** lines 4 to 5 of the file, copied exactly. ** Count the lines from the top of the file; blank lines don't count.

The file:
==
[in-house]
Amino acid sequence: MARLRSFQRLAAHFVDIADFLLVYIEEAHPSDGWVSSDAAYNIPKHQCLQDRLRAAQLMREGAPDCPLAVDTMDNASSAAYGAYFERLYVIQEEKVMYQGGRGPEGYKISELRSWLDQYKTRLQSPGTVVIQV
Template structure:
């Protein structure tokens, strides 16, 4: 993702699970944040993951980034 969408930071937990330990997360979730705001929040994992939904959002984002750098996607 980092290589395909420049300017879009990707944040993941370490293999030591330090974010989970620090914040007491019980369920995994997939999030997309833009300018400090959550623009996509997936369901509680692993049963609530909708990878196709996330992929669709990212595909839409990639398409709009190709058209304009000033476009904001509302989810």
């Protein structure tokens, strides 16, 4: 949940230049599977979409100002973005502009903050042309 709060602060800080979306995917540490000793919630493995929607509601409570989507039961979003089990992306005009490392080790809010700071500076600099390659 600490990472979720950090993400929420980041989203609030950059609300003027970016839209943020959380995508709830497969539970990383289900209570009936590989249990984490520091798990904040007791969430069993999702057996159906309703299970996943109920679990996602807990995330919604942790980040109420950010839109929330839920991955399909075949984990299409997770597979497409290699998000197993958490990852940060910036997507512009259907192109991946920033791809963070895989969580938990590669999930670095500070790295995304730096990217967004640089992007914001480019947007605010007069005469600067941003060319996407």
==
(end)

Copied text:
């Protein structure tokens, strides 16, 4: 993702699970944040993951980034 969408930071937990330990997360979730705001929040994992939904959002984002750098996607 980092290589395909420049300017879009990707944040993941370490293999030591330090974010989970620090914040007491019980369920995994997939999030997309833009300018400090959550623009996509997936369901509680692993049963609530909708990878196709996330992929669709990212595909839409990639398409709009190709058209304009000033476009904001509302989810």
């Protein structure tokens, strides 16, 4: 949940230049599977979409100002973005502009903050042309 709060602060800080979306995917540490000793919630493995929607509601409570989507039961979003089990992306005009490392080790809010700071500076600099390659 600490990472979720950090993400929420980041989203609030950059609300003027970016839209943020959380995508709830497969539970990383289900209570009936590989249990984490520091798990904040007791969430069993999702057996159906309703299970996943109920679990996602807990995330919604942790980040109420950010839109929330839920991955399909075949984990299409997770597979497409290699998000197993958490990852940060910036997507512009259907192109991946920033791809963070895989969580938990590669999930670095500070790295995304730096990217967004640089992007914001480019947007605010007069005469600067941003060319996407």